Unfortunately, in 2005, the MovieLand Wax Museum closed its doors forever, but, as is often the case with local fixtures going away, it drew ridonkulous crowds who had been procrastinating and putting off for years, a visit, which of course cost the museum and forced it to shut down. If you don’t support your local businesses, they can’t succeed. I’m not being sarcastic.
Buena Park was something of an oasis for amazing museums back in the day. The only one that pre-dates me (and which I regret being born too late for) was the Movie World museum which was dedicated to cars. It had a collection that will never be replicated as many of the cars wound up in private hands, or on display and eventually back out in the elements where they rotted away. Truly a sad tale.
The only two surviving amusement offerings in or near Buena Park are places you may have heard of: Knott’s Berry Farm, and Disneyland. And speaking of Disneyland, the line to get in during its closing weeks was longer than the line for an E-Ticket ride! But I did it, I succeeded in getting in, and took over a hundred photos for posterity. I can’t for the life of me, remember every film or star featured and some have the description plaques cropped out, but Wikipedia covers all of them, so you can certainly cross-reference.
Of course this was back in 2005 before digital cameras were the bomb-diggity they are today, and some of the JPGs have since corrupted in the intervening thirteen years, so please forgive me if one or two pictures looks a little off, but I hope you enjoy this trip down memory lane.
The Ars Electronica Center in Linz, Austria saw its influence expand greatly back in 2009, interactivity and human appendages-as-input devices were all the rage, and people were actually working hard at realizing the future and making profoundly cool and interesting and unique experiences that revolved around gestural interaction with digital devices or within digital environments. This was largely an outgrowth of the first iPhone which had just been released (en-masse) about a year earlier.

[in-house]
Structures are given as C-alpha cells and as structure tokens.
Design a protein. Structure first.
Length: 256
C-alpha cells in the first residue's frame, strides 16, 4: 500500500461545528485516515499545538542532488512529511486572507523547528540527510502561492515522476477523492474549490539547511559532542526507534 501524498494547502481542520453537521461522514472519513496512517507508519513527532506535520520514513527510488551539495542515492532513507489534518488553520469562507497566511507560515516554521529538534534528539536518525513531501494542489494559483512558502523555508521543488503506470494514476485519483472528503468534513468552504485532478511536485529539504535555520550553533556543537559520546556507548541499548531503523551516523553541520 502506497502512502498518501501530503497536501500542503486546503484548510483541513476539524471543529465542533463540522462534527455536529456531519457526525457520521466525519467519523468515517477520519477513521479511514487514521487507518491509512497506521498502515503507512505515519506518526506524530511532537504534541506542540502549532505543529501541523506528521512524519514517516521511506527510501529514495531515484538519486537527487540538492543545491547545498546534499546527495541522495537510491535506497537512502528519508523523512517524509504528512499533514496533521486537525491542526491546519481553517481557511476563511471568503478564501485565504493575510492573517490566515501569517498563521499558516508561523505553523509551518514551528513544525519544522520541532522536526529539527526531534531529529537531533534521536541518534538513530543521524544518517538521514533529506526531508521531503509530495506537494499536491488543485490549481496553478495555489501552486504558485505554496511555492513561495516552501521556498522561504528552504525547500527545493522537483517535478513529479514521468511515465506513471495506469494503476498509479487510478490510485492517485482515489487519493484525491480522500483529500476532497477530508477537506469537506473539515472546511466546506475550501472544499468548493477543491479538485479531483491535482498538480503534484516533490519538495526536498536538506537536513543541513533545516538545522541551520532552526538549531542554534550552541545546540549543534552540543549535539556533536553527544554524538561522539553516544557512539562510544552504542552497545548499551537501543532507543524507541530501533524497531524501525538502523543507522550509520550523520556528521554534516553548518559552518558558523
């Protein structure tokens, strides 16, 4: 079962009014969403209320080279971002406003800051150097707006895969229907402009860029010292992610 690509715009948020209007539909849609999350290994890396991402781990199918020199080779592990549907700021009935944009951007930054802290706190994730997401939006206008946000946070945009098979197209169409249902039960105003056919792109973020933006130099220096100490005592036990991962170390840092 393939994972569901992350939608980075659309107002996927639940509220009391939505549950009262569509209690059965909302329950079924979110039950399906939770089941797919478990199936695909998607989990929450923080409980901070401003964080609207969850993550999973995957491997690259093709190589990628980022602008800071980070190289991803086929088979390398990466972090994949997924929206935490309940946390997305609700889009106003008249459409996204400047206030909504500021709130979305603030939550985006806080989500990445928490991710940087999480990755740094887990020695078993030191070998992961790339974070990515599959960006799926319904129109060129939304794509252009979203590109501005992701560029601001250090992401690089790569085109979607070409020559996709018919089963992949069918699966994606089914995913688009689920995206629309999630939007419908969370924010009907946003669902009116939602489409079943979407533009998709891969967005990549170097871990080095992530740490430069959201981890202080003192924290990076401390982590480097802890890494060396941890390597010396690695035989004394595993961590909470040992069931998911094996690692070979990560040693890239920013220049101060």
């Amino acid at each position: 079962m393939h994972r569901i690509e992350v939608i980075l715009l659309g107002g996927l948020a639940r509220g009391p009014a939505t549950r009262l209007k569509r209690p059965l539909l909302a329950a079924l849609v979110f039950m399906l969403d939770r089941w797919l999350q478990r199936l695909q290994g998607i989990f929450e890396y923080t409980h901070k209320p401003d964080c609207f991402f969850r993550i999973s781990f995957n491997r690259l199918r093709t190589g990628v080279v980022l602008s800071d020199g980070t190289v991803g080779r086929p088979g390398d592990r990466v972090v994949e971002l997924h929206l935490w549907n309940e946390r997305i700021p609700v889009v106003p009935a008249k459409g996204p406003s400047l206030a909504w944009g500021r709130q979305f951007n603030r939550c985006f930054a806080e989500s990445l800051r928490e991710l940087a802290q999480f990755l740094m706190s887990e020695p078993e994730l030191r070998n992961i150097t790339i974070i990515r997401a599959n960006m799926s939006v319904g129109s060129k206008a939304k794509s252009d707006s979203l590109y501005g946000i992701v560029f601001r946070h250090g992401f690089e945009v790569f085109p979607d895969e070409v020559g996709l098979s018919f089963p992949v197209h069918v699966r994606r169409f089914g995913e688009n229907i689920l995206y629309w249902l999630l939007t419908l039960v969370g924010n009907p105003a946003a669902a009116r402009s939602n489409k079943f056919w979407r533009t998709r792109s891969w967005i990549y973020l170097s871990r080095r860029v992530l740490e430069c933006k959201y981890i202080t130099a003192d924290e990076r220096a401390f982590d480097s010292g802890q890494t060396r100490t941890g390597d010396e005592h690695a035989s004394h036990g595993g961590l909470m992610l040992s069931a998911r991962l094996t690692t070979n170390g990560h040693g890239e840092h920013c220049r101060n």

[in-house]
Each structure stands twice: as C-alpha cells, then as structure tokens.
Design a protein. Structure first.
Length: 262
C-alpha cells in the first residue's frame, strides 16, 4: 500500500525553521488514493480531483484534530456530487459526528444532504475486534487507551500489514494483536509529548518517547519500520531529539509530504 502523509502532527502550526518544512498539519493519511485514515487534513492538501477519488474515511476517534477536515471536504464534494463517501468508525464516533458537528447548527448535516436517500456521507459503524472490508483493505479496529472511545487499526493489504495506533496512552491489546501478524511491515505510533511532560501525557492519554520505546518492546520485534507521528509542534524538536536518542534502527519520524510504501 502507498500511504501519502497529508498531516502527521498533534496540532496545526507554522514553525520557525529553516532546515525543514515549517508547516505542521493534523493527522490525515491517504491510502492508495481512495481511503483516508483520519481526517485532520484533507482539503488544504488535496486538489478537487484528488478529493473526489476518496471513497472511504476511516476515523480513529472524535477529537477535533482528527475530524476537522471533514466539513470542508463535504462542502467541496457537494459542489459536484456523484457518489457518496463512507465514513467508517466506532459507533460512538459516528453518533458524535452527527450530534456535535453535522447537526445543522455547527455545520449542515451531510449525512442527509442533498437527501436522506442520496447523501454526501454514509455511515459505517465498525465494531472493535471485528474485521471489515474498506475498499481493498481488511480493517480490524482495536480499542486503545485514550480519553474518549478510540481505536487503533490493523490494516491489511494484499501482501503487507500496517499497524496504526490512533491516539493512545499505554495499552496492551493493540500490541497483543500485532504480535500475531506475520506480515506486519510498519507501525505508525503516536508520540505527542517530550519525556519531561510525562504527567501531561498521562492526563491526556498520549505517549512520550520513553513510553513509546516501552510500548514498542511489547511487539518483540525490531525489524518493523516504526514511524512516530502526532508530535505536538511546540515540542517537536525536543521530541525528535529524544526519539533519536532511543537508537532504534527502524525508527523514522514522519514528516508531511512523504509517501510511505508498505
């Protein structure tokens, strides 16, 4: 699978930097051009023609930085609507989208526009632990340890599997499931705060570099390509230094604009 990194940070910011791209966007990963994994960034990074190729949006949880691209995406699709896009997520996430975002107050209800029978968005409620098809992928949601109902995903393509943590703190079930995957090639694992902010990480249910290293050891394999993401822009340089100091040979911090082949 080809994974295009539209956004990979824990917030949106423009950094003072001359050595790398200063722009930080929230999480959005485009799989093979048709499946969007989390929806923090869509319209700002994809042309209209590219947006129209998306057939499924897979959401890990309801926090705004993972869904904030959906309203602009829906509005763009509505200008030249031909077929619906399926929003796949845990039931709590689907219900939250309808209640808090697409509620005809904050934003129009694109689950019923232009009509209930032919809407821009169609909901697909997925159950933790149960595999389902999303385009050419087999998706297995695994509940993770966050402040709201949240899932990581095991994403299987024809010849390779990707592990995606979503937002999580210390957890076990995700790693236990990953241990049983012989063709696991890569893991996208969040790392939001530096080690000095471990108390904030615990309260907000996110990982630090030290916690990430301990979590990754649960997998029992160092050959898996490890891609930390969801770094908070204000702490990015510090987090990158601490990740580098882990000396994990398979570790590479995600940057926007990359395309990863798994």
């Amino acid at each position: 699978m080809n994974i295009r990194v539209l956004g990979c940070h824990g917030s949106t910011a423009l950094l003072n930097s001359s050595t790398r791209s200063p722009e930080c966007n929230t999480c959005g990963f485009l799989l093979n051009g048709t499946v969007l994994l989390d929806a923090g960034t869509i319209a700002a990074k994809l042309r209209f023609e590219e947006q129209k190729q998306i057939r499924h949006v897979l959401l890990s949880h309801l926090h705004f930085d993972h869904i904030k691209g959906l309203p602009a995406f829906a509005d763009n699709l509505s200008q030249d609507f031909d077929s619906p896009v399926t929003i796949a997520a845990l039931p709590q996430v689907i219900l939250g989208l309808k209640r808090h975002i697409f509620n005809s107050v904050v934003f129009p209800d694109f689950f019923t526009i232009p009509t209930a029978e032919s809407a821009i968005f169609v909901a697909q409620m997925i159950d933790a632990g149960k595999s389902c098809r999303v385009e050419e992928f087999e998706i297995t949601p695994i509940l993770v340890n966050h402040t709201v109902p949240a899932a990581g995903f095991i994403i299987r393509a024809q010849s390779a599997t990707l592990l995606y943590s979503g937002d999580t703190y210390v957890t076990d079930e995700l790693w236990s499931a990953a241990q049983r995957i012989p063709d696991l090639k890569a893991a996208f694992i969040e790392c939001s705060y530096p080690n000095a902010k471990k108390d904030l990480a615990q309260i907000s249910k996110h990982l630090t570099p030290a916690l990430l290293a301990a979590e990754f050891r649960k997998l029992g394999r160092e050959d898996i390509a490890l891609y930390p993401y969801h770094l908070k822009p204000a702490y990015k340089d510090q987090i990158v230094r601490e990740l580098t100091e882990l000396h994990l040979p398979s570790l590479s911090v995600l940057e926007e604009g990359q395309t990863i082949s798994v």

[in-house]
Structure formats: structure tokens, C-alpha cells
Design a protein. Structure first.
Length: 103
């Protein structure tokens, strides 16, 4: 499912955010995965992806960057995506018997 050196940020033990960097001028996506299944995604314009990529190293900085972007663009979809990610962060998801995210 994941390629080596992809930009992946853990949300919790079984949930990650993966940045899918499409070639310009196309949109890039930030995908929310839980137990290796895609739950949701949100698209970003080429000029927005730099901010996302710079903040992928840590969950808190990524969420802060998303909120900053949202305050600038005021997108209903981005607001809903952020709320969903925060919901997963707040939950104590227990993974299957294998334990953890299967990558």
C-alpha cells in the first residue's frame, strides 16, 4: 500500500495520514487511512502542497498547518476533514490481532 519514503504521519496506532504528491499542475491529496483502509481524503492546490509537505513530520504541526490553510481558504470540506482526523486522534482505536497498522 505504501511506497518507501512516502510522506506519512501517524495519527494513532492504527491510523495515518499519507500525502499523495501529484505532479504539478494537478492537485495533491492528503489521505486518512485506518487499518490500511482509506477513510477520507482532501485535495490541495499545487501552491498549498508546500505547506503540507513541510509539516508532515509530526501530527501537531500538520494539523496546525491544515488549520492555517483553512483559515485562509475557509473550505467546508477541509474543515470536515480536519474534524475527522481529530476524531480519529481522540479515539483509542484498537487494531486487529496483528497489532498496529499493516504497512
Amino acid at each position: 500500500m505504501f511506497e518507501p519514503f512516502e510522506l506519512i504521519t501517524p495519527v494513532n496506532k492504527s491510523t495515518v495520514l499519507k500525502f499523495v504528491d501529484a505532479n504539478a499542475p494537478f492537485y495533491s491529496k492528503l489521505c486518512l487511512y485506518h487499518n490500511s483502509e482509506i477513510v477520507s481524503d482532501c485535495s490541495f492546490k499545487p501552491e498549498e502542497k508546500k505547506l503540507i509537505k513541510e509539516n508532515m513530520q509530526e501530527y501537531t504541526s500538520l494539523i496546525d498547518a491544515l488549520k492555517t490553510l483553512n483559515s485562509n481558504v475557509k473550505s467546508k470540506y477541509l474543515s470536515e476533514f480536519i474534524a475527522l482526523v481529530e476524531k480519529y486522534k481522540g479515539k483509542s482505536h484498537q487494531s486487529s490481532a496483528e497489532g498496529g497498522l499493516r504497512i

It’s as if everyone wanted didn’t want to work hard until Apple did it first and then once Apple did it…everyone hopped on the multi-touch train and claimed it was easy. Even I did. And it wasn’t easy.
Remember where you were when this happened?
That’s right, I built a giant multitouch wall into a sun porch and it worked for all of one evening before my code crashed, but hey, I can say I did it, and I can also say it got me nowhere in my career. But at least I learned that I was capable of great things even if only I recognized that fact.
But I digress…
The Ars Electronica Center is a “Museum of the Future” based in Linz, Austria that had recently undergone a major renovation with a completely new building. It had always focused on the interactive art world but around 2007 it became an absolute Mecca for this sort of thing as iOS paved the way for a ton of development in the non-qualified interactive experiential space. Before I continue, what I mean by “non-qualified” is the notion of activated spaces or objects. These are/were things that required nothing more than your presence to activate, so there was no need to own a device to initiate an experience (like an iPhone for example).
Around this time last year (2017), Simon Birch’s The 14th Factory was all the rage in Los Angeles.
Located just east of Dodger Stadium on Avenue 19 in an abandoned industrial bakery, The 14th Factory was an amazing temporary large scale art exhibition that anyone who couldn’t score tickets to the Broad in time for their first trip to LA could go to and still find suitable locations to snap selfies for their tinder profiles which they in turn utilized to boost their follower counts on instagram.
This is too bad because it was utterly brilliant and worthy of so much more than social media exploitation.
Back in February of 2017 (aka, a year ago), Daft Punk announced a collaboration between lifestyle purveyor Maxfield, and a couple of designers I’d never heard of (except for Hervet Manufacturier, more on him/them later) to open a pop-up shop in Maxfield Gallery across the street from Maxfield LA on Melrose Avenue.
The shop was slated to remain open for only eight days and feature merchandise from a variety of collaborators including:
• New Era
• Russell Yo-Yo
• Fisher Space Pen